The Cup cars are bulkier and harder to handle than the Nationwide version, and two lengthy testing sessions on Thursday in addition to practice on Friday leveled the playing field.
    Still, Johnson is optimistic the cars will find a way to run multiple grooves and provide a compelling race. Then again, it's not like the track has been kind to the sport's most dominant figure. He finished 30th in the Nationwide race here in 2001 and testing sessions here over the years have been a rough go.
    "This track has beat me up quite a few times," Johnson said. "I've torn up a lot of race cars here."
    There could be more carnage this weekend, which may open the door for another fresh face to sneak through. It's not a bad thing for a series trying to find someone — anyone really — to break Johnson's stranglehold on the championship.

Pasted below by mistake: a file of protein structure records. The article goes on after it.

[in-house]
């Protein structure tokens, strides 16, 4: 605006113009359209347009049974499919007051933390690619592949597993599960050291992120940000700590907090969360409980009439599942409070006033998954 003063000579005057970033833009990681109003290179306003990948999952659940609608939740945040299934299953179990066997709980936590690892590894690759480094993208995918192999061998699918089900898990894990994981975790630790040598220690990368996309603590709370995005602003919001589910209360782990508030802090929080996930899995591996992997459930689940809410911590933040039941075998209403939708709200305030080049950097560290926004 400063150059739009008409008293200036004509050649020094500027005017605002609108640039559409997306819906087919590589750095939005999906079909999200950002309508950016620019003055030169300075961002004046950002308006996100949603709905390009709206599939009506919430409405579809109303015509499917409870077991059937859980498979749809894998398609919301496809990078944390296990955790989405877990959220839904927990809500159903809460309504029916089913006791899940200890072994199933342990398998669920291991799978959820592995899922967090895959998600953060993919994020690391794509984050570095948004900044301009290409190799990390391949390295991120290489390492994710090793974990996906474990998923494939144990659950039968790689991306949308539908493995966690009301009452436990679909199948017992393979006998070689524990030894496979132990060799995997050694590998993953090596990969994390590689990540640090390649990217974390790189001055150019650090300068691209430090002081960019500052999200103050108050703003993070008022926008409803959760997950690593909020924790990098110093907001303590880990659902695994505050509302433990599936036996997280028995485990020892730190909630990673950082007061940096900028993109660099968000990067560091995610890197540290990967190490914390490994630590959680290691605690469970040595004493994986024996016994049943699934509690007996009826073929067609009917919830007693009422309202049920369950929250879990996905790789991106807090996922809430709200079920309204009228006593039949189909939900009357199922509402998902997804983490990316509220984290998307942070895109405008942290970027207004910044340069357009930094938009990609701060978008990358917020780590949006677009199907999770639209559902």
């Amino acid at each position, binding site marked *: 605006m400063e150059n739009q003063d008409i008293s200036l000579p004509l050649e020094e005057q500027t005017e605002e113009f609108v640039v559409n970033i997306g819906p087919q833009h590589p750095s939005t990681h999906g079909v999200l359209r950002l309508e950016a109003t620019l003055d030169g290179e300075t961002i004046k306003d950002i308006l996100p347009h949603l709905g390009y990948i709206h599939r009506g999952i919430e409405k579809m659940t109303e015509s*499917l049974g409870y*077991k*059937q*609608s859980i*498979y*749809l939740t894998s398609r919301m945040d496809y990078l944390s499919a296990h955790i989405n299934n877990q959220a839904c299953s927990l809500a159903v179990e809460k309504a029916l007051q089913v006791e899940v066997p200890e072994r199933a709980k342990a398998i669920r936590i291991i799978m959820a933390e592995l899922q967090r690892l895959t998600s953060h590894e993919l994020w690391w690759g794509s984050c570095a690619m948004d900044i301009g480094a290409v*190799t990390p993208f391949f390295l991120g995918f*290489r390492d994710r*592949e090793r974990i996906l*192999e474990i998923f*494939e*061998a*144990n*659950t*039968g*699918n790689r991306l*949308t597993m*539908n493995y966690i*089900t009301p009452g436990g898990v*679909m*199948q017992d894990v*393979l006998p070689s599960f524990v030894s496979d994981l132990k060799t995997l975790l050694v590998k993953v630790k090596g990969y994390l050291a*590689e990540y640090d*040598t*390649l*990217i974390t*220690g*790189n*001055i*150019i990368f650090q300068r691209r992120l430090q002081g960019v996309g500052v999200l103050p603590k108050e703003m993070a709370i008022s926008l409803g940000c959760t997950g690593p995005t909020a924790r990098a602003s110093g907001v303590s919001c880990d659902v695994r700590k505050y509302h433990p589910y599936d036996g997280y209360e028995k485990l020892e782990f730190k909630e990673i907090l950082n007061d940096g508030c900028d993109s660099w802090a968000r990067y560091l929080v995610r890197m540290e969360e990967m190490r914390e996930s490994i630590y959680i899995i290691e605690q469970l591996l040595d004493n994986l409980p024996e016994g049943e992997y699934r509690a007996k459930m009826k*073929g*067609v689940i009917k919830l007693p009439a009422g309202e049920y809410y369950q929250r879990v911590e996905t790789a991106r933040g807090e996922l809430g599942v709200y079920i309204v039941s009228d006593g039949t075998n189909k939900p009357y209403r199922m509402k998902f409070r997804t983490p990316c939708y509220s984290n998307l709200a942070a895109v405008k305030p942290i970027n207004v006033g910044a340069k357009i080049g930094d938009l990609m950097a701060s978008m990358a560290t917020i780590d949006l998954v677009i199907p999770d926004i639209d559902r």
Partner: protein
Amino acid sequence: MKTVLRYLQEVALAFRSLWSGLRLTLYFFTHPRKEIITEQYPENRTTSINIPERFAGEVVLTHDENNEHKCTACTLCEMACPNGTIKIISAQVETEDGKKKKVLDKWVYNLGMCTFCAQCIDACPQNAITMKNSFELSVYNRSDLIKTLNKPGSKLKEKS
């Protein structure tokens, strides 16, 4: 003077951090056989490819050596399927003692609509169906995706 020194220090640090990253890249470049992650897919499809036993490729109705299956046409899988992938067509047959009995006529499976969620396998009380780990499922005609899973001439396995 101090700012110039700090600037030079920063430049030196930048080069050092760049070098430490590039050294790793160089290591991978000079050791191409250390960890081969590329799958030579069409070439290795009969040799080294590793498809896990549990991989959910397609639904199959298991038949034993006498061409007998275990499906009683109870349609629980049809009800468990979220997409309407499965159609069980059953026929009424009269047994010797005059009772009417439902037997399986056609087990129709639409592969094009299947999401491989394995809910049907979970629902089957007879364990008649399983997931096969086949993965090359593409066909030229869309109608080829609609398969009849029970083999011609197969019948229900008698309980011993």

Ragan knows he's hardly there yet. Then again, he's much closer than he was a week ago. His win at Daytona comes a few months before shipping giant UPS' contract as the primary sponsor on his car is up.
    The company sent out a statement earlier in the week praising Ragan for his hard work, and he's optimistic that the company will deliver for him next year. He expects a decision to be made over the next six weeks. Continuing his recent surge would help his cause.
    "Certainly winning helps and running well helps and getting TV time and sitting on poles all helps," Ragan said. "That is what I can control ... hopefully I can uphold my end of the deal and keep that Ford up front."